Bob Leszczak, |
Who Did It First? Great Rock 'n' Roll Cover Songs
(Roman & Littlefield, 2014)
How many of you were aware that Frank Sinatra did a cover version of Jim Croce's "Bad, Bad Leroy Brown"? And that he even barked as the band faded out? Were you also aware that Paul Anka, the crown prince of middle-of-the-road swing, took a swing at Nirvana's "Smells Like Teen Spirit"? True, in both cases, and those facts are just a minor sampling of the treasures buried in the pages of the most recent volume of Who Did It First?
I say the most recent volume because this is the last of Leszczak's trilogy, the other two books covering rhythm & blues and pop. (I reviewed each volume here on Rambles on June 28, 2014 (pop) and March 15, 2014 (r&b). Like the other two, the book lists the song, its composer, the artist who recorded it first and its chart position. Then the author gives you the same information for the major cover version, along with a brief discussion highlighting interesting points about the song, the record and the artists.
This volume is probably going to be more fun for readers than the others because, for casual listeners, the songs and artists are more familiar. And the revelations fly. For example, did you know the Troggs were not the first artists to record "Wild Thing?" The song was written by Chip Taylor, who is the brother of Jon Voight (and Angelina Jolie's uncle), who gave it to a band called The Wild Ones. Their version failed to chart. Later, the British band the Troggs picked up on it and took it to No. 1. Interestingly enough, it is the only song in rock history to reach No. 1 on two separate labels, Atco and Fontana.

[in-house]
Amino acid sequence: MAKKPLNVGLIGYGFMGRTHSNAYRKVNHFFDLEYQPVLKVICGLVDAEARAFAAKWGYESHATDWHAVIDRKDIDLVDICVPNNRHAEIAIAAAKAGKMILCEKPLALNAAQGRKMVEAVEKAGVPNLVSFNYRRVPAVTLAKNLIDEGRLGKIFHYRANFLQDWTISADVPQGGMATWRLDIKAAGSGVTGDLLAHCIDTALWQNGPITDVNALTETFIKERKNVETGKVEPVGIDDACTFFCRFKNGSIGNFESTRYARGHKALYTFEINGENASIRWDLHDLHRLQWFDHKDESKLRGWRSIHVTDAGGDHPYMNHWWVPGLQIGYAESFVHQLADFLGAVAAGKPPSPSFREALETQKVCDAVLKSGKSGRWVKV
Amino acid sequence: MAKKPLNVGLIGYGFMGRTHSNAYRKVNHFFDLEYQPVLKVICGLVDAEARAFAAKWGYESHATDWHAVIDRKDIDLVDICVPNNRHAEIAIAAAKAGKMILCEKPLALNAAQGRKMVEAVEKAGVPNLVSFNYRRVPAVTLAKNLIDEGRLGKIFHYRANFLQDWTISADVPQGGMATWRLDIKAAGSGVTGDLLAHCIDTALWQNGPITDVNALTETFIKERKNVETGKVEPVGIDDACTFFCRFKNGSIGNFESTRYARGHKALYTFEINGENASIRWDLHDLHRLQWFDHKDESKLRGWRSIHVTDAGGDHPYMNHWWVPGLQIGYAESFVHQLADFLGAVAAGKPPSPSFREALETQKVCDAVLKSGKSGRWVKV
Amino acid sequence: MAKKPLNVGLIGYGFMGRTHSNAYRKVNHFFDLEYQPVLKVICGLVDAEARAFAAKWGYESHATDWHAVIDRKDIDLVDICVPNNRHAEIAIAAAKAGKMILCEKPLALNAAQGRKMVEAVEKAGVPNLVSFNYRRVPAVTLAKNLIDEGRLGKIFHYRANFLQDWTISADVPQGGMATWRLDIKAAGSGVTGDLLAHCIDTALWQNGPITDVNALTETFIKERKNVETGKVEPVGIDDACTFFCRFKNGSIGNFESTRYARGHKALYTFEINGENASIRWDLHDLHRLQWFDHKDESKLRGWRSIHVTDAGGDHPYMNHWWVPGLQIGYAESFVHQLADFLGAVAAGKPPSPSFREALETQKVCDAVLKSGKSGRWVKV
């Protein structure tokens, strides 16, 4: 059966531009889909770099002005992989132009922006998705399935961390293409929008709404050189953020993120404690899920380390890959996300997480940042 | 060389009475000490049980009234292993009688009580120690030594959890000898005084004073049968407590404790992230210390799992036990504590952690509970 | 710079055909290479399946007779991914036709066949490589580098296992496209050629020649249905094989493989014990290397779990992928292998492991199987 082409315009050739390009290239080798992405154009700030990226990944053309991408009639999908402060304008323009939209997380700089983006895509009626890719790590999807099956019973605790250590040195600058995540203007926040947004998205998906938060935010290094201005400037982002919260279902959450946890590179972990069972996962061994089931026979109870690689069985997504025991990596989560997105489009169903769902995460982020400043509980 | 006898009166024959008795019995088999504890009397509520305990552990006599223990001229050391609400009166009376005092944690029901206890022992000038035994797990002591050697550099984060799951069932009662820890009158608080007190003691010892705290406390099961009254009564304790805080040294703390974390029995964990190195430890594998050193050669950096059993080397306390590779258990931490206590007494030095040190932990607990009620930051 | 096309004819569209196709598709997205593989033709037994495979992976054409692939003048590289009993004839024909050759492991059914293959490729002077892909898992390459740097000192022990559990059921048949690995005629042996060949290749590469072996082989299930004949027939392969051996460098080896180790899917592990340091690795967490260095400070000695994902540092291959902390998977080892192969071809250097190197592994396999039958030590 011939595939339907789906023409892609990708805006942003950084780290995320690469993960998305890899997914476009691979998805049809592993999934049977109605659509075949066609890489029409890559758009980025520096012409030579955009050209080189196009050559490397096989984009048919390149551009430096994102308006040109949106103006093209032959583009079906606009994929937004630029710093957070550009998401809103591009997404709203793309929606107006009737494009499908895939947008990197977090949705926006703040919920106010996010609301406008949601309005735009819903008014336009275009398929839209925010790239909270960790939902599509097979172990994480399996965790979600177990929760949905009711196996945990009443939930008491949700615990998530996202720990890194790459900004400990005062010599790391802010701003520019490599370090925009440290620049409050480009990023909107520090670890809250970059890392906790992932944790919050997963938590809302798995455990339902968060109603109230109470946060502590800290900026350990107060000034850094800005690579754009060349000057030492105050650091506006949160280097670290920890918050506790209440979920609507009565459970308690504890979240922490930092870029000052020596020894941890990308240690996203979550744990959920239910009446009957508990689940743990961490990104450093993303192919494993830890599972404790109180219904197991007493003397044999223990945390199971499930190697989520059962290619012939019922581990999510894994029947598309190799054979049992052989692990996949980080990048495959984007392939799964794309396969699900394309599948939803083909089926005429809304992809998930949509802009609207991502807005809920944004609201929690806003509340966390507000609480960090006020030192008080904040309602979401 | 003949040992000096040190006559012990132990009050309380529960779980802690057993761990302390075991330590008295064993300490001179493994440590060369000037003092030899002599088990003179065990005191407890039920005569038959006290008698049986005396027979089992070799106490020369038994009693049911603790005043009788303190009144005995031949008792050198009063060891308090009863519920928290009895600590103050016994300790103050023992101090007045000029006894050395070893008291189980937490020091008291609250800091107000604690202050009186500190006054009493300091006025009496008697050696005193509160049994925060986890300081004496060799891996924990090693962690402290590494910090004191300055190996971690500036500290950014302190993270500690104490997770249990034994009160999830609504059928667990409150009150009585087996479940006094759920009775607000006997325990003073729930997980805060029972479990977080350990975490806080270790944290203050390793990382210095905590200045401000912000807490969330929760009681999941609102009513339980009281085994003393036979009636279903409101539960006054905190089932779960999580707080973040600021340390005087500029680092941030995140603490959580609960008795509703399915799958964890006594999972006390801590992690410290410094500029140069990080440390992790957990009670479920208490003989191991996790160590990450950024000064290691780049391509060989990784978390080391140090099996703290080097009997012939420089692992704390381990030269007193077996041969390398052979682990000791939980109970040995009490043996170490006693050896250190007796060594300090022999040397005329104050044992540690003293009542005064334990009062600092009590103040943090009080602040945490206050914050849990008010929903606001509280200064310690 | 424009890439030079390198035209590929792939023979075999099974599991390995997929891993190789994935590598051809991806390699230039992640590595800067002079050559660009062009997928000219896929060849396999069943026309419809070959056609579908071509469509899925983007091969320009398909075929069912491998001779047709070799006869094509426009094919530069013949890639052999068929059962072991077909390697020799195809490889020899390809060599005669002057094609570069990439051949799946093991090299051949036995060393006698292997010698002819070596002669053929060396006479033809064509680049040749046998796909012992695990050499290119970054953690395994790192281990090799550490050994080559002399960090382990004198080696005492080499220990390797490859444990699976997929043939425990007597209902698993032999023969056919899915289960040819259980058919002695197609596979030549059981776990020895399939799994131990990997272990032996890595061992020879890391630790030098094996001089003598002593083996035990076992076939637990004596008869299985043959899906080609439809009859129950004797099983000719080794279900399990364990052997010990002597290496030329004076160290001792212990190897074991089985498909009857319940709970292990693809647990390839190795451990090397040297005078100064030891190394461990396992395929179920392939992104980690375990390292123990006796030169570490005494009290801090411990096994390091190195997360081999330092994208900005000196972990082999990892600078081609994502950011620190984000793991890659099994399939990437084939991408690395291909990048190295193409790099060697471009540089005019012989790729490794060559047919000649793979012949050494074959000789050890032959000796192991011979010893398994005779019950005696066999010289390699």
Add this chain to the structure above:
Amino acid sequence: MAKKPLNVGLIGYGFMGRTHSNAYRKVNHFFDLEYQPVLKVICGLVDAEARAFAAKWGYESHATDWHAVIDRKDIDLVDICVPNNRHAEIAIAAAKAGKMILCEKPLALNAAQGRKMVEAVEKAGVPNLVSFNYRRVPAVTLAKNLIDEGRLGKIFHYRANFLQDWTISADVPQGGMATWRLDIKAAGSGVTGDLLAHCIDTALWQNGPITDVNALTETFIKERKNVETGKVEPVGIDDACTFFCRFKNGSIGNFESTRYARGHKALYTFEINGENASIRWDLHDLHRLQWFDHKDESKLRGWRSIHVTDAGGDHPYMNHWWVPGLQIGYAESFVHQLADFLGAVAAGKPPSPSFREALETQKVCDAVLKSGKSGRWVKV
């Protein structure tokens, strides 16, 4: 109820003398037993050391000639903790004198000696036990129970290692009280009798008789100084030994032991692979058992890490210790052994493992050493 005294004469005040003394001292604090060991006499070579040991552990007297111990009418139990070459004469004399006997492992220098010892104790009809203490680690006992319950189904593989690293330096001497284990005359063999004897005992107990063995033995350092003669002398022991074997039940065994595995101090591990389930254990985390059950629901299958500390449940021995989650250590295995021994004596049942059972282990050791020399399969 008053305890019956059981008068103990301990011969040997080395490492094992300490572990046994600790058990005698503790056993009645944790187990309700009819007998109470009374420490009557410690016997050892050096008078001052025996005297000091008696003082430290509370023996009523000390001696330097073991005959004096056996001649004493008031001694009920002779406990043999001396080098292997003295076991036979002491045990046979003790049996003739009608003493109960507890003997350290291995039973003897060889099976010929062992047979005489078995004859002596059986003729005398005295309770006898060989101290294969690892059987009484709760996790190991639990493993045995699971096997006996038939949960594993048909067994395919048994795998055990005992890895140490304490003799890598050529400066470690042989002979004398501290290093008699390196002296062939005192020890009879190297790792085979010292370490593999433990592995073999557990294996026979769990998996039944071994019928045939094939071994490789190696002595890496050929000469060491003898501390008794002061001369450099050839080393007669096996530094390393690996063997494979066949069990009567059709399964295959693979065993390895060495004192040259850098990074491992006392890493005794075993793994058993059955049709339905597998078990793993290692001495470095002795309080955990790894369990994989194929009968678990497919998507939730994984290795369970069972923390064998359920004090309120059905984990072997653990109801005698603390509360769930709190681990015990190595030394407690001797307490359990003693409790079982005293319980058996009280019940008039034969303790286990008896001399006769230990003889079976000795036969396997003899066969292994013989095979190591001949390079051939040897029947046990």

Until this book came along, I had no idea that Elton John had such a fondness for the work of Creedence Clearwater Revival. John covered both "Travelin' Band" and "Up Around the Bend." Neither one made the charts.
Surfing songs seem to be among the most covered, and it surprised me to learn that "Surf City" written by the Beach Boys' Brian Wilson and his father was taken to No. 1 on the Billboard charts by Jan & Dean, thereby infuriating the rest of the Beach Boys, who at that time had not scored a major hit ... and here was their musical director and resident genius giving No. 1 songs to other bands. Later on, the Ramones did a cover but, like so much of their work, their version did not chart.
Who Did It First is not just a 400-page trivia collection -- although it serves awesomely as that. Like the others in the series, it's a vital and essential reference book that will serve industry people, music historians and curious fans alike. If you are involved in music in any way, it's a must-have.
book review by
Michael Scott Cain
24 January 2015
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